Cloud Computing

  1. You can’t beat good BBQ. As long as I’ve been eating, I’ve loved the taste of BBQ cooked correctly, and I’ve loved the science of getting BBQ right, no matter brisket, ribs, pulled pork, or chicken. (Vegans may want to sit this blog out.)

    What’s clear to me is that the process and ingredients that it takes to make your cloud computing project work are directly related to how you get a perfectly smoked piece of meat. Here’s a bit of advice about both.

    The long game wins the race

    In the world of BBQ, you hear the term “low and slow” a great deal. It’s really the process of smoking meat at a lower temperature, for a longer time. Typically, eight to ten hours for a brisket.

    To read this article in full, please click here

  2. Two of IBM’s Watson-branded collection of machine-intelligence services will be available to run as standalone applications in the public or private cloud of your choice. IBM is delivering these local Watson services atop IBM Cloud Private for Data, a combined analytics and data governance platform that can be deployed on Kubernetes. 

    Ruchir Puri, CTO and chief architect for IBM Watson, said this was driven by customer demand for machine learning solutions that could be run where customer data already resides, typically a multicloud or hybrid cloud environment (see related interview).

    To read this article in full, please click here

  3. Jim Comfort is the right guy to talk to about IBM Cloud, not just because he’s general manager of IBM GTS Cloud Services. By his own account, Comfort was responsible for the 2013 acquisition of SoftLayer, whose 13 cloud datacenters immediately got IBM in the public cloud game.

    To read this article in full, please click here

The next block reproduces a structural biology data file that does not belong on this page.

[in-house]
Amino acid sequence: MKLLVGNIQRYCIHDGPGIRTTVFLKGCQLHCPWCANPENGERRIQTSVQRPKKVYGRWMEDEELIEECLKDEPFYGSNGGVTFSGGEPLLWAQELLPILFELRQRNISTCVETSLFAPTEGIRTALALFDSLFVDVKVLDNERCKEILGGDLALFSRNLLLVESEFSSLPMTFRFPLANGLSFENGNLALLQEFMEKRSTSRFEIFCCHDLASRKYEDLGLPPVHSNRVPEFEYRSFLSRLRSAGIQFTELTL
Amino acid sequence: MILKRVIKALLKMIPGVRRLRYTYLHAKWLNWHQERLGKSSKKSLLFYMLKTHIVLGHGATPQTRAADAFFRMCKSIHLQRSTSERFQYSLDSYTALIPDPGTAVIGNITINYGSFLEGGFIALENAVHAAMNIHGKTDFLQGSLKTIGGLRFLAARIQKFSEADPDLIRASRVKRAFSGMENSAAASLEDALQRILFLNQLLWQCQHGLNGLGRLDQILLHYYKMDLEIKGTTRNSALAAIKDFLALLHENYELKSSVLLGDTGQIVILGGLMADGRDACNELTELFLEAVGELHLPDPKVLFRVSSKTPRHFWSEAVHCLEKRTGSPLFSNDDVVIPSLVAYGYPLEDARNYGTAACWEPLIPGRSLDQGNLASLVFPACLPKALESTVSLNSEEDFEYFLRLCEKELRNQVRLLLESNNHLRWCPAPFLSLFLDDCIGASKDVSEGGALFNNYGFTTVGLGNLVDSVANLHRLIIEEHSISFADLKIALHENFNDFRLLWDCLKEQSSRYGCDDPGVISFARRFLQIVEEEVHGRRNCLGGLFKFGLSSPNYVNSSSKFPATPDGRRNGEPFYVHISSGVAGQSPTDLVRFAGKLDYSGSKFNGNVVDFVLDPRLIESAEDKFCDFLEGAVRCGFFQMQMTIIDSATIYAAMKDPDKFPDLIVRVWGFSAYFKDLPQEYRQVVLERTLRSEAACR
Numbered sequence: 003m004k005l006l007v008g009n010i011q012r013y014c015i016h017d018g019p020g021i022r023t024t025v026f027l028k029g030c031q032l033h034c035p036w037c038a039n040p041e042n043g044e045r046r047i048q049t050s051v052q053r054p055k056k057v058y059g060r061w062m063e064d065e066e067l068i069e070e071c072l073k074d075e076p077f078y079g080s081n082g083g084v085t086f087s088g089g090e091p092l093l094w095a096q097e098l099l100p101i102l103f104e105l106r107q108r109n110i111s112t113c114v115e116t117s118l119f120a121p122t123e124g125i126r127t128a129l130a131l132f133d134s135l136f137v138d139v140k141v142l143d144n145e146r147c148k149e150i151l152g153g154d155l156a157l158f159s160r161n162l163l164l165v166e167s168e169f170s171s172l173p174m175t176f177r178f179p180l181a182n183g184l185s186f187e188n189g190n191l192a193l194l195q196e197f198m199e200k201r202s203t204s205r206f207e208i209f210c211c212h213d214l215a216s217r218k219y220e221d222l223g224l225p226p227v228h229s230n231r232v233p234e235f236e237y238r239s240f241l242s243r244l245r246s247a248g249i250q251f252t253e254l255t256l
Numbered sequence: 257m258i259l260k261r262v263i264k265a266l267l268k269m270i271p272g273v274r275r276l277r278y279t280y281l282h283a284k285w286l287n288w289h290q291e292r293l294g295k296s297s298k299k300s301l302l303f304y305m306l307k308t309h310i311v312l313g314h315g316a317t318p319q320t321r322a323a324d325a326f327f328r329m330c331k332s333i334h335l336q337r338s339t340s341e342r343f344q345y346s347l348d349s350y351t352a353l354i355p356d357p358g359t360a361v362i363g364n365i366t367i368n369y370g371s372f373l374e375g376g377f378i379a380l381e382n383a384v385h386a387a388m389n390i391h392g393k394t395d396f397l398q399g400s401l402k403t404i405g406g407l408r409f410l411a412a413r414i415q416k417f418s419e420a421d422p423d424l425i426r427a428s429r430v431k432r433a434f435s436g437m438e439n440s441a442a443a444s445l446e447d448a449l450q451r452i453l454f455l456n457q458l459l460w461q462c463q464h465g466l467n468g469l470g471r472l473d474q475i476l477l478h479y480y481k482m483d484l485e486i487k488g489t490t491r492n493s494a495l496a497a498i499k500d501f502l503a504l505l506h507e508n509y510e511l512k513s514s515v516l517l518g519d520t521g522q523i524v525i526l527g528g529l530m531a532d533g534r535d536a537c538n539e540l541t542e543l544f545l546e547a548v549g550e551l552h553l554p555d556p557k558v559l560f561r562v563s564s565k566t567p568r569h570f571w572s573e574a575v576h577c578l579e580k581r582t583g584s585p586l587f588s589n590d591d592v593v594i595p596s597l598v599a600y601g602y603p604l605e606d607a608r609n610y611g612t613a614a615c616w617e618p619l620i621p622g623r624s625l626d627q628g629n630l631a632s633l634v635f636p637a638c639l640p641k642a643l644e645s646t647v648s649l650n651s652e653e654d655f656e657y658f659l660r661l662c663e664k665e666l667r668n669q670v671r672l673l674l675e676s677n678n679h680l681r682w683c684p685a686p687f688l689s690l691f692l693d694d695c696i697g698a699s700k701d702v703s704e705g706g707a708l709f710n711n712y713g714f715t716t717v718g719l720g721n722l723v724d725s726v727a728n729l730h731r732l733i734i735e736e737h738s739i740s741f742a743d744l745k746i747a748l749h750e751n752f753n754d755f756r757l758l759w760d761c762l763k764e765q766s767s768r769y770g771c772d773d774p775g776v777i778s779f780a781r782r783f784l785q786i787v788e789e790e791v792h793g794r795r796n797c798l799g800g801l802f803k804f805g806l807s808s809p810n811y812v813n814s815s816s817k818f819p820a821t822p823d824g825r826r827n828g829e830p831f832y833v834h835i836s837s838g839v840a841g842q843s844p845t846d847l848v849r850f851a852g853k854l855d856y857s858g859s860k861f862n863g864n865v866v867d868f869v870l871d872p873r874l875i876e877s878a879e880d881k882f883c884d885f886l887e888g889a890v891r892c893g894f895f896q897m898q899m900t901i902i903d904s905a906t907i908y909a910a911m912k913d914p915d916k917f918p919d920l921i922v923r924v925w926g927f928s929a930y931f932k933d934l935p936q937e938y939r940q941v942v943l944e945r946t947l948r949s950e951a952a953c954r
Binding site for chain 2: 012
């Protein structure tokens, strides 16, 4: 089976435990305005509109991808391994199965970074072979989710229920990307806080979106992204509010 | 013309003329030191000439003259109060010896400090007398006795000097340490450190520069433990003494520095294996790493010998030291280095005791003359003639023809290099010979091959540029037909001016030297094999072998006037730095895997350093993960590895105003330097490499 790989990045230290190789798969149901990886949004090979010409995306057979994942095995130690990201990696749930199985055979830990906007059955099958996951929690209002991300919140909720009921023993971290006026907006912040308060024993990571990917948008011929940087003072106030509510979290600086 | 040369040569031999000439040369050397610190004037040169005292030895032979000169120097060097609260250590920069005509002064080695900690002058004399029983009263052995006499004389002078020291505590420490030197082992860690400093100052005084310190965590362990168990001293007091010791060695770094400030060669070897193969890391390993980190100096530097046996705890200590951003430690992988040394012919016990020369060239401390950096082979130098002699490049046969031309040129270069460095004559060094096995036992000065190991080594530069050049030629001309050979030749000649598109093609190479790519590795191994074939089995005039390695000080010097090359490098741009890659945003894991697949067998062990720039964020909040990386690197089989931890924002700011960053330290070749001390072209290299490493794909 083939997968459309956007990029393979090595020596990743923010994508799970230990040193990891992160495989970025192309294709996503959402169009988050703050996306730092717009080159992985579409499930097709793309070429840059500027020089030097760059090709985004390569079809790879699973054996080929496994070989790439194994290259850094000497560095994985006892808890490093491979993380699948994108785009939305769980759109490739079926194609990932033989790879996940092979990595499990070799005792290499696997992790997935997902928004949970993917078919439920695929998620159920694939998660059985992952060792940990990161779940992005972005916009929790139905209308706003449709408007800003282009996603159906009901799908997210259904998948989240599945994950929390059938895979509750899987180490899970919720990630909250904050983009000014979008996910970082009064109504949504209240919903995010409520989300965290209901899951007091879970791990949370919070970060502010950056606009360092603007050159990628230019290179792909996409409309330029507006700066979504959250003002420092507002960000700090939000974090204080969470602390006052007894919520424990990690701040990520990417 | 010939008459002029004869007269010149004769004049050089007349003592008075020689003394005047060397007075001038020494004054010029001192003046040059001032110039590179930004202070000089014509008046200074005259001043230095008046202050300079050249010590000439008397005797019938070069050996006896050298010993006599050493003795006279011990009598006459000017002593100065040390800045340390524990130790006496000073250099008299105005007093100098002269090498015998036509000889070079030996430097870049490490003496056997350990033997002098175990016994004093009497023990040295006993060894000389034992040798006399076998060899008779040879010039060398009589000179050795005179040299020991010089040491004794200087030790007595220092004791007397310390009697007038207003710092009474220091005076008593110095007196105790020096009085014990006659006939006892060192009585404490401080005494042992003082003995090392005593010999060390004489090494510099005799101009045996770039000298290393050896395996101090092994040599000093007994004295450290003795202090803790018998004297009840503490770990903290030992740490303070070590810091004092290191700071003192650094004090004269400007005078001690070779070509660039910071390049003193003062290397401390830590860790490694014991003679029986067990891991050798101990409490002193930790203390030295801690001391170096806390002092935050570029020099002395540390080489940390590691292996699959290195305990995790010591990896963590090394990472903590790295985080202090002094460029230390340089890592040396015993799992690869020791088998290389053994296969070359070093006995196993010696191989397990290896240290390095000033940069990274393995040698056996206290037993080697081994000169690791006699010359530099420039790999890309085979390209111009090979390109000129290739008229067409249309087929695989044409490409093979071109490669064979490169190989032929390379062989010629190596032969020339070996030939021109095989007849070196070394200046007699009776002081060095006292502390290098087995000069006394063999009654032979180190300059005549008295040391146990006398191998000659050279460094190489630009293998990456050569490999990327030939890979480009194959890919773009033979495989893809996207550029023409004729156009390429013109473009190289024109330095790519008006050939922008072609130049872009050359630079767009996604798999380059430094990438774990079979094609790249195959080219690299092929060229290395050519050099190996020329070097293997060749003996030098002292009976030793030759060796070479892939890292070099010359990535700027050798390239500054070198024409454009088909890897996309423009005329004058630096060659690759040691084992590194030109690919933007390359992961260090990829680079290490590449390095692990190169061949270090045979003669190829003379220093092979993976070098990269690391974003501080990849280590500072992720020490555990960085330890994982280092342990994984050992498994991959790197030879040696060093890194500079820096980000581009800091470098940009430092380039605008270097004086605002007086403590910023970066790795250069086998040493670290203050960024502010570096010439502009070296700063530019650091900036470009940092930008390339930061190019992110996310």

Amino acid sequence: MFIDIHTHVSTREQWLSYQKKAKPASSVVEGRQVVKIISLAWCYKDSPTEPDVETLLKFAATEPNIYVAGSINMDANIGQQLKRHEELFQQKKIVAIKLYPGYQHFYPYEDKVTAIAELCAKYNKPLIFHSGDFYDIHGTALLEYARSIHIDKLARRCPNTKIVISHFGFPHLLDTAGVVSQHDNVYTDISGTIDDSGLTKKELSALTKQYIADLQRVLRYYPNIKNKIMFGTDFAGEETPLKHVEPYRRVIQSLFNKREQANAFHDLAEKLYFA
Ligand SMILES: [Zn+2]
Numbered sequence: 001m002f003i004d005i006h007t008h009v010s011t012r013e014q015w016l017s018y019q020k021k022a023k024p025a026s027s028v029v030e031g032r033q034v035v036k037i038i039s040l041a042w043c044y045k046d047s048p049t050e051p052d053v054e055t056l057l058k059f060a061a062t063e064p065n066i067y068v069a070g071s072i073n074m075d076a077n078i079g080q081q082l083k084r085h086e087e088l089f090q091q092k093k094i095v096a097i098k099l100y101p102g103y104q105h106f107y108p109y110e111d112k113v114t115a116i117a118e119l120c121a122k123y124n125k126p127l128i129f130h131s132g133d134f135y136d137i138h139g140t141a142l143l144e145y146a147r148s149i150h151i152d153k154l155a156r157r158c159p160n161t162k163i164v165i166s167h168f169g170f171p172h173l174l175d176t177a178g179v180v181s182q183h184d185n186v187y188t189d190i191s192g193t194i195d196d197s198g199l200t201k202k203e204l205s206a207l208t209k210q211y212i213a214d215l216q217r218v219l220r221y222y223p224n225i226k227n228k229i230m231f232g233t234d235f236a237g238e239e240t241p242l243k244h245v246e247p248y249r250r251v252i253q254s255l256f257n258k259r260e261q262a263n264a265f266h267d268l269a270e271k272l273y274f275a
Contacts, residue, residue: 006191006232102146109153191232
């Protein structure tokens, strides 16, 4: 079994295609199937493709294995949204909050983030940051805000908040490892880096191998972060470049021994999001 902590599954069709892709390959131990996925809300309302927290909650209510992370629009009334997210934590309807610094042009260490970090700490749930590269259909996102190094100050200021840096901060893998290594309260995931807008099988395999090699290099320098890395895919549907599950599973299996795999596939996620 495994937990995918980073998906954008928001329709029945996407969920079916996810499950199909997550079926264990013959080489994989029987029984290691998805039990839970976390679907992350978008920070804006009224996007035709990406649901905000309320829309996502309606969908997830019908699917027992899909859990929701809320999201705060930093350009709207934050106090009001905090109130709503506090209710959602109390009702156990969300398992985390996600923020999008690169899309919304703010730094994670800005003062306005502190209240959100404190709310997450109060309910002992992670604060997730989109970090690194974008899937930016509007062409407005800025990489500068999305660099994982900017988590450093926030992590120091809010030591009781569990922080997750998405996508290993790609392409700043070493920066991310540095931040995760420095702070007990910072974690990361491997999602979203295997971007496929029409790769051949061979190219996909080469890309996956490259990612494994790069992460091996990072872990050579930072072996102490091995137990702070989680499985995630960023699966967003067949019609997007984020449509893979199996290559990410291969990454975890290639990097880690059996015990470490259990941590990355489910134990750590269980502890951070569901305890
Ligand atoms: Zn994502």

(Insider Story)
  4. One of the big issues facing anyone building a data-driven devops practice is, quite simply, the scale of the data you’re collecting. Logs from millions of users quickly add up, and the same is true of the internet of things or any other large source of data. It’s a world where you’re generating terabytes of data from which you need to understand quickly what that data is telling you.

    To read this article in full, please click here

    (Insider Story)
  5. Amazon Web Services is the clear cloud winner, sitting on a run rate of $27 billion and continuing to grow at 45 percent (or better). Where AWS’s lead is a bit murkier, however, is in the area of hybrid cloud, that mix of private and public cloud resources that AWS reluctantly embraced, while others raced to promote. Those others, especially Microsoft and IBM (with significant help from Red Hat), have a real shot at owning a bigger share of cloud growth, precisely because of their roots as stodgy and dull enterprise vendors.

    To read this article in full, please click here

    (Insider Story)
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